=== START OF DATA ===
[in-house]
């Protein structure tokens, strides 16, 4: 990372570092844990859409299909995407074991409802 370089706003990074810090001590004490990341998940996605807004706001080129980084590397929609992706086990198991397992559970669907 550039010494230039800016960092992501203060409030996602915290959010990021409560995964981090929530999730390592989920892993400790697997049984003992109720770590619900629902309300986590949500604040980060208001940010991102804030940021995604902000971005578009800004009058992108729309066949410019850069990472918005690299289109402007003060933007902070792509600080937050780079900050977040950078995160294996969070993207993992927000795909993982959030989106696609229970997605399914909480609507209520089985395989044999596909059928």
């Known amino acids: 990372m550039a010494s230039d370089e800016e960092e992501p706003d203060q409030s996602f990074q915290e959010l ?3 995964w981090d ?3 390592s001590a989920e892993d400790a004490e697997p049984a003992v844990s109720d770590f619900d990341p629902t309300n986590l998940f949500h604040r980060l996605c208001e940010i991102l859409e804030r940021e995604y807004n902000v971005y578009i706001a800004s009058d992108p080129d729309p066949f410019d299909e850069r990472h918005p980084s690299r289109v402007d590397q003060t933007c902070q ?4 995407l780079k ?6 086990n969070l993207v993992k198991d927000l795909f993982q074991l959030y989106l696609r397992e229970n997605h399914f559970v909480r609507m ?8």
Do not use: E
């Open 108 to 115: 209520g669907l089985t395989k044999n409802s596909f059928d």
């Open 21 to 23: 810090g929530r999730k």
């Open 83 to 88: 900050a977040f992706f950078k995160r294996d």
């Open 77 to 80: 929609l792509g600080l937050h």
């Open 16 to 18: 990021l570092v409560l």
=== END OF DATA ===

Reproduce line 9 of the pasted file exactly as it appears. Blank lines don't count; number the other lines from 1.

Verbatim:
């Open 16 to 18: 990021l570092v409560l």